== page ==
I'm sure you have heard of Amazon practicing unfair price discrimination on buyers. Amazon's case is not the first case of price discrimination in all of Internet history. (Oh no.)
Imagine if Harry Potter and the Deathly Hallows had a fair value of $30. Is it morally reprehensible for e-commerce sites to charge some people more money because of their previous purchases or browsing history?
Feels unfair, doesn't it? And what's more, this seems shady.
Proponents of a free internet would say that it is reprehensible, as these sites are profiting from a non-transparent transaction.
Open Internet and Net Neutrality Explained
> Open internet: the concept that all Internet information should be accessible to all people equally. The open Internet is a derived concept from net neutrality.
> Net neutrality: the idea that people on the net should be treated equally and given equal access to data available online.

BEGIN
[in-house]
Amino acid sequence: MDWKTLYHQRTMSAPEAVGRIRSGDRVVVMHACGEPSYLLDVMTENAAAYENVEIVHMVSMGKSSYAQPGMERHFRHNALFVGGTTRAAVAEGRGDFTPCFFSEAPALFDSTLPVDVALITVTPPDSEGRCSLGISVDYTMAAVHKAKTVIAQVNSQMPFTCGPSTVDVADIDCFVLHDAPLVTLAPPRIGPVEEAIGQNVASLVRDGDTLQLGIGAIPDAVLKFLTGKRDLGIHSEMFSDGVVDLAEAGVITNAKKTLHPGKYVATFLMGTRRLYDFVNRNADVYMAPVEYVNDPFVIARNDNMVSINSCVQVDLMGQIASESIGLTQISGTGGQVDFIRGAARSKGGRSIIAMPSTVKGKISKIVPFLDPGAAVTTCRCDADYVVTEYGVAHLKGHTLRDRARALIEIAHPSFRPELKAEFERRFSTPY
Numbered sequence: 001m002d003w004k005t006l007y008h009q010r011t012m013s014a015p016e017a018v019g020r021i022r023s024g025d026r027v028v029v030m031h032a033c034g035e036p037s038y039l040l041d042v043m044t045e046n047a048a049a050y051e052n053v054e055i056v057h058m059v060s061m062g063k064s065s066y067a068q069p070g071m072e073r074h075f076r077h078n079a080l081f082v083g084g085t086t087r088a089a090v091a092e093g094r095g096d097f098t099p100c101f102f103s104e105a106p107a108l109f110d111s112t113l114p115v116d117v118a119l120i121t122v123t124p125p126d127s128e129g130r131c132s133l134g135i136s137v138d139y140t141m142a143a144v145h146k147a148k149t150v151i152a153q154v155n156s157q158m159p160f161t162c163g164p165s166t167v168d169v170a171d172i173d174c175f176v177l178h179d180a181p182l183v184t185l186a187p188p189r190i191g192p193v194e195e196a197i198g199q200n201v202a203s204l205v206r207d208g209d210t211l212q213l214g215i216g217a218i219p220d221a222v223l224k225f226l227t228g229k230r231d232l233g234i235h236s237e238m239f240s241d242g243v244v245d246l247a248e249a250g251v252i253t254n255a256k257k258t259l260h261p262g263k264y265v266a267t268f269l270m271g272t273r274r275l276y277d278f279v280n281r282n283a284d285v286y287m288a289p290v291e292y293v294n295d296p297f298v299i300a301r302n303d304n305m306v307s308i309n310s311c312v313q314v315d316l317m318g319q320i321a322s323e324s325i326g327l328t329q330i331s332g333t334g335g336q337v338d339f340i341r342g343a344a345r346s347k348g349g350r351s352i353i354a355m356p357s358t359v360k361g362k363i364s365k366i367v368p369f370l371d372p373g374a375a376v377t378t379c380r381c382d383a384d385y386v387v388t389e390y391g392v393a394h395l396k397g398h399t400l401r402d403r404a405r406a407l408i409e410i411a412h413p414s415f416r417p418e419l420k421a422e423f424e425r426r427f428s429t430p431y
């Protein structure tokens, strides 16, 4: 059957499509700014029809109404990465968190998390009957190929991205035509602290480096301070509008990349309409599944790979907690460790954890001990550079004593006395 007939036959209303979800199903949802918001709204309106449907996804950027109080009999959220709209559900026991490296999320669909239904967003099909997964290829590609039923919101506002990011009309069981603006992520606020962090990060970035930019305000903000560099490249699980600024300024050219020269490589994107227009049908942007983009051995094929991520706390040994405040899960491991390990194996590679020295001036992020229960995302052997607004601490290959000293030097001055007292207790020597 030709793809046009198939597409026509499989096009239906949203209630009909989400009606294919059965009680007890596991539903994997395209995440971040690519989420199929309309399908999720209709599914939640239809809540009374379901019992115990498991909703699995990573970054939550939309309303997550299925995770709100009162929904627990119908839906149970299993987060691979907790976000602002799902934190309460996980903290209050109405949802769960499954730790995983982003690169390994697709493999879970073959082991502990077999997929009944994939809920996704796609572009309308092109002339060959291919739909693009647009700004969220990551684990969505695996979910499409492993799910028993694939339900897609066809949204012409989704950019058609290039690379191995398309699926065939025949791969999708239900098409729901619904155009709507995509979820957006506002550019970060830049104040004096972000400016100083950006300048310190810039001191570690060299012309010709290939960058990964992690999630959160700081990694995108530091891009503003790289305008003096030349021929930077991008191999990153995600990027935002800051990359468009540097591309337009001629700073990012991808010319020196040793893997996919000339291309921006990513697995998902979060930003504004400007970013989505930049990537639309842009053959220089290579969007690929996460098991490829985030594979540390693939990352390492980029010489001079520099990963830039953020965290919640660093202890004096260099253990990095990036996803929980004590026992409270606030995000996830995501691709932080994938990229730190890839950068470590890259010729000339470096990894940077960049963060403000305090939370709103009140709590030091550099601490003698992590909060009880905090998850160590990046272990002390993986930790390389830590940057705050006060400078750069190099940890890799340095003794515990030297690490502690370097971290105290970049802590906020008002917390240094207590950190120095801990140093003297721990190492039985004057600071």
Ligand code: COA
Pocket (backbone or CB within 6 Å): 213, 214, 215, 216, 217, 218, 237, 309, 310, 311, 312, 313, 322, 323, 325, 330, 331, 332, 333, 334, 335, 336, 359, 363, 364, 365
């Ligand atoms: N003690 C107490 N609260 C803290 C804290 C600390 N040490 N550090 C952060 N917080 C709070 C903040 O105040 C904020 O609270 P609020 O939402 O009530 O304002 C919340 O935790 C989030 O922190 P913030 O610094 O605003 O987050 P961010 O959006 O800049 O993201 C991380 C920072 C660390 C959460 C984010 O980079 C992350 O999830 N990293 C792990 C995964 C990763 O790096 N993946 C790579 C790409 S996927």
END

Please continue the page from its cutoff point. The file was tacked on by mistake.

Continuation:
The overarching goal is to keep everyone informed and ensure that there is a level playing field so that everyone has an opportunity to defend their interests and seek opportunities.
Individuals can enter into transparent transactions with others and buy their Harry Potter books (or anything really) at a fair price.
This idea can be extended to organizations as well. The free Internet, in theory, would not discriminate and give you a fair price.
Think of all your savings if you don't unknowingly get into shady transactions!
Cool story, Now How Do We Get Our Fair Pricing?
The secret is to compare different e-commerce site's prices of the same object.
I hear your protests. Seriously, who likes researching the same kind of products when you've got other things to do?
Web Crawling can help to make information-searching more convenient. Instead of manually (and VERY tediously) scouring the Internet to find out where the cheapest product is, you could use a web crawler to procure this information efficiently.
And that's the tea!
Psst, Proxycurl can do it in real-time and at rapid speeds!
Here are some links about Proxycurl: